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Posts Tagged ‘Eisenhower National Historic Site’

Now that it’s fall here in Maine,  it’s hard to remember that the end of our Spring 2012 trip was largely consumed by trying to figure out how we could manage to get home to Wisconsin, in between huge tornadic storms. Here’s just a bit of what we saw, while working all of that out.  I wish I’d had the chance to write more about these sites, especially the  presidents and the outlaws (come on, there’s sometimes a difference), for our own memories. It was all so interesting. But anybody else who is reading this blog (wait – there is no one else reading this blog) is spared.   END OF SPRING TRIP 2012

Truman Home in Independence, KS

Eisenhower Boyhood Home – Eisenhower Presidential Museum, Abilene Kansas

Boot Hill Museum, Dodge City, KS

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We took a “simulated factory ride” at Taste of Hershey.  Not a Disney-quality ride, and not a factory tour.  Maybe if we’d brought kids along with us it would have been more fun, but I kind of doubt it – I think Chris had higher standards, even 20 years ago.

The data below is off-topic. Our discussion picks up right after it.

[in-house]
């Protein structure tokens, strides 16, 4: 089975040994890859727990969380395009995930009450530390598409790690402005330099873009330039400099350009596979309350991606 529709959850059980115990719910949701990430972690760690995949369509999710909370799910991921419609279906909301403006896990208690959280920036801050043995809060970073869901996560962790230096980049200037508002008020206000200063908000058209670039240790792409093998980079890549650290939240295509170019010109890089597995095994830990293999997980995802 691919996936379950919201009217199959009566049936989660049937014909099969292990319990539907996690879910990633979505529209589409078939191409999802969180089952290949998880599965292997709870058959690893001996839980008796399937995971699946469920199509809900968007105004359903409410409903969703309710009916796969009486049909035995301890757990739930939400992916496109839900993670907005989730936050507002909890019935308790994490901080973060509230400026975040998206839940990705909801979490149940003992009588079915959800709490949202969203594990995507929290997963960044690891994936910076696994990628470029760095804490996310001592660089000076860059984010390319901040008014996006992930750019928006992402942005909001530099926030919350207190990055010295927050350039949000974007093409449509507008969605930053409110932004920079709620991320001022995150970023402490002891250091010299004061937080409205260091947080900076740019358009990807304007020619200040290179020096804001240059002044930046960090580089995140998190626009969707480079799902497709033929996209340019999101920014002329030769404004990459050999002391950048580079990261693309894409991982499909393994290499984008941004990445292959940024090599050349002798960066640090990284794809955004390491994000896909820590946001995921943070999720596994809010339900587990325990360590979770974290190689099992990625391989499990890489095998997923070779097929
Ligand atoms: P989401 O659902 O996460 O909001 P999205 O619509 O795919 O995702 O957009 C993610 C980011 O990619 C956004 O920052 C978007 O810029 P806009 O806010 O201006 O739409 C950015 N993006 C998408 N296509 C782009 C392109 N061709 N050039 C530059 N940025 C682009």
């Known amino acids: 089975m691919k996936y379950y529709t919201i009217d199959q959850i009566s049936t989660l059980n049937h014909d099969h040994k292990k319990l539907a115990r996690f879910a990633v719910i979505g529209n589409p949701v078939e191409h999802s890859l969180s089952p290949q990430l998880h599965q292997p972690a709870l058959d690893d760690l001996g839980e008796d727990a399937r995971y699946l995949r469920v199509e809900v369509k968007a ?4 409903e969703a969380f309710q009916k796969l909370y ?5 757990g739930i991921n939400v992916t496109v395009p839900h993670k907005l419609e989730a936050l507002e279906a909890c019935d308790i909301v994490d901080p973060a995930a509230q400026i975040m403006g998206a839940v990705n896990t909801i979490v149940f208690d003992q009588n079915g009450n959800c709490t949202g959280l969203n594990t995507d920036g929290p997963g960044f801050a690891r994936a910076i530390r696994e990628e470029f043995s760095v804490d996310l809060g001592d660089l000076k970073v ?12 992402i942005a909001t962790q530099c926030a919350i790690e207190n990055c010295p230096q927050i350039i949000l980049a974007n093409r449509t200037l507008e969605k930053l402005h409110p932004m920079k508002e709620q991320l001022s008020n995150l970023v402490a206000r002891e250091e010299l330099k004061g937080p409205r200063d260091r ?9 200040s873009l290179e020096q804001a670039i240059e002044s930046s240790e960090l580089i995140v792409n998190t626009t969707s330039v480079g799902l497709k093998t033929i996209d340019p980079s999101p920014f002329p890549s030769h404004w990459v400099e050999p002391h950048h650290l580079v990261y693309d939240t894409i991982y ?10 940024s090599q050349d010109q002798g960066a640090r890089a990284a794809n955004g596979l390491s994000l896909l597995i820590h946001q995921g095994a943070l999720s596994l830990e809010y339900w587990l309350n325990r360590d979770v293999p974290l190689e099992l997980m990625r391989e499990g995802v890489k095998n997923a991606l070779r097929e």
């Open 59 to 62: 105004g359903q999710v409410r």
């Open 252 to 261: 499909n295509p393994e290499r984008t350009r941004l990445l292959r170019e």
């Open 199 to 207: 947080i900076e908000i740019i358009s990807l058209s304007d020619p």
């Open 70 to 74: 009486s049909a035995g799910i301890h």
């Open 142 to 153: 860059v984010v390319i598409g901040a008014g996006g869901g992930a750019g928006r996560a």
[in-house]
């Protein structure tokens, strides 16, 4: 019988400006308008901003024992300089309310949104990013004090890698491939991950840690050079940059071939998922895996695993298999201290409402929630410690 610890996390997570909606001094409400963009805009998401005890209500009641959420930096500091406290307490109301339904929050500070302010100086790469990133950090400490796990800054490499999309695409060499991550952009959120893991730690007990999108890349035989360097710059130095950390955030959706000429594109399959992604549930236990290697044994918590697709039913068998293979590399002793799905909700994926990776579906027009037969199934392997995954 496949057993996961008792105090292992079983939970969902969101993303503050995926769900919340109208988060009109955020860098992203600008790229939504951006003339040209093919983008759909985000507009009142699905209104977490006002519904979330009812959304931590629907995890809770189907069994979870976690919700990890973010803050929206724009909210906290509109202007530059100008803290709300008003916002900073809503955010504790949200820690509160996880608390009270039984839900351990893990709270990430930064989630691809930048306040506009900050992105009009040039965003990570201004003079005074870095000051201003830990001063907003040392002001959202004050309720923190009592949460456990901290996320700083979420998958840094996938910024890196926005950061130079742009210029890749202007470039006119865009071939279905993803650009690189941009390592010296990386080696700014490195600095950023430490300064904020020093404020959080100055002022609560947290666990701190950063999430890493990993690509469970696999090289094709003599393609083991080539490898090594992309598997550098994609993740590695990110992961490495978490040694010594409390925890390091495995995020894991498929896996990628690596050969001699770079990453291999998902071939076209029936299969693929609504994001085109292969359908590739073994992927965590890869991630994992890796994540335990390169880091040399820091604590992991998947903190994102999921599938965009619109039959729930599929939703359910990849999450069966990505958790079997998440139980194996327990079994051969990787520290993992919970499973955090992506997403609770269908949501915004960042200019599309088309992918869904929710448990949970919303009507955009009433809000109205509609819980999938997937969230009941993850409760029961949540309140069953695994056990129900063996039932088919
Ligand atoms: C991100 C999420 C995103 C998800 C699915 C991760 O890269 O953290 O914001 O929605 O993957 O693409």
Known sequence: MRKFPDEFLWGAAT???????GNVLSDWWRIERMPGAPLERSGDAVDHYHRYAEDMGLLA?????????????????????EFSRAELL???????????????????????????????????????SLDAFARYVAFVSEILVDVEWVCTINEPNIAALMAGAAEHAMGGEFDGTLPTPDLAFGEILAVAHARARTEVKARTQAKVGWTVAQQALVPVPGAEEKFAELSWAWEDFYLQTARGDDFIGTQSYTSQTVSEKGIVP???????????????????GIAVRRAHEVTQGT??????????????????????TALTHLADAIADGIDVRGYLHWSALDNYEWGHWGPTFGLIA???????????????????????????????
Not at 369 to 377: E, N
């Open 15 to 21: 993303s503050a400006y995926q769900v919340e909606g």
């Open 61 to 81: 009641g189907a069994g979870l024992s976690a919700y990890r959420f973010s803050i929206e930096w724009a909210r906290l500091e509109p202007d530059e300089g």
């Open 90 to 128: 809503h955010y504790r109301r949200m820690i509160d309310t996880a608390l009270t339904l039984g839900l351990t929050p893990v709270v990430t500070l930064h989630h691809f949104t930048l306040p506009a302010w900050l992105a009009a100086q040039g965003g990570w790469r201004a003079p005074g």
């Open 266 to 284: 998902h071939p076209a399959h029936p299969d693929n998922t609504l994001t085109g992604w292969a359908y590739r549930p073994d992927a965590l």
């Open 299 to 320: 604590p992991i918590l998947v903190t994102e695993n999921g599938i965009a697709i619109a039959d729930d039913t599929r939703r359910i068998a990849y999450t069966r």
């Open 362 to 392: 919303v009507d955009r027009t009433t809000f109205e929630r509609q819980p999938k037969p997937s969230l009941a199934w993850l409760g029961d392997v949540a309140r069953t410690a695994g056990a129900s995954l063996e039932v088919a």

Gettysburg, on the other hand, is the real deal.  This time, we start with a tour of President Eisenhower’s home and farm.  A shuttle from the Visitor’s Center takes you to the site.

The only home Dwight and Mamie Eisenhower ever owned

Aside from all the obvious history, I enjoyed the fact that the President and First Lady liked to eat their dinner on tv trays on their informal porch, while watching the evening news with Walter Cronkite.  Krushchev, De Gaulle, and many other foreign dignitaries were entertained here.  I liked Ike’s way of getting a read on his new visitors – by taking them on an exhaustive tour of his farm, and his prize-winning Angus cattle.  After that, they were probably softened up enough, and not forced to watch the Eisenhowers favorite shows, “Bonanza” or “As the World Turns”, respectively.

I’ll never forget the film clip with President Eisenhower being interviewed by Walter Cronkite, where the President chokes up talking about how there must be a way to end war.  In this home, the only one that Ike and Mamie ever owned, there is absolutely no war memorabilia.

We spent the next day at the Gettysburg Visitor’s Center and Museum – probably the best overall Civil War Museum we’ve seen.  Just do it.

 

Dobbin House Tavern

Dinner was at Dobbin House Tavern, an authentic colonial tavern with delicious food  (we ate in the downstairs pub room -amazing crab dip appetizer, very tasty chicken dinner) lots of history, and a secret crawl space for runaway slaves, featured in “National Geographic”.

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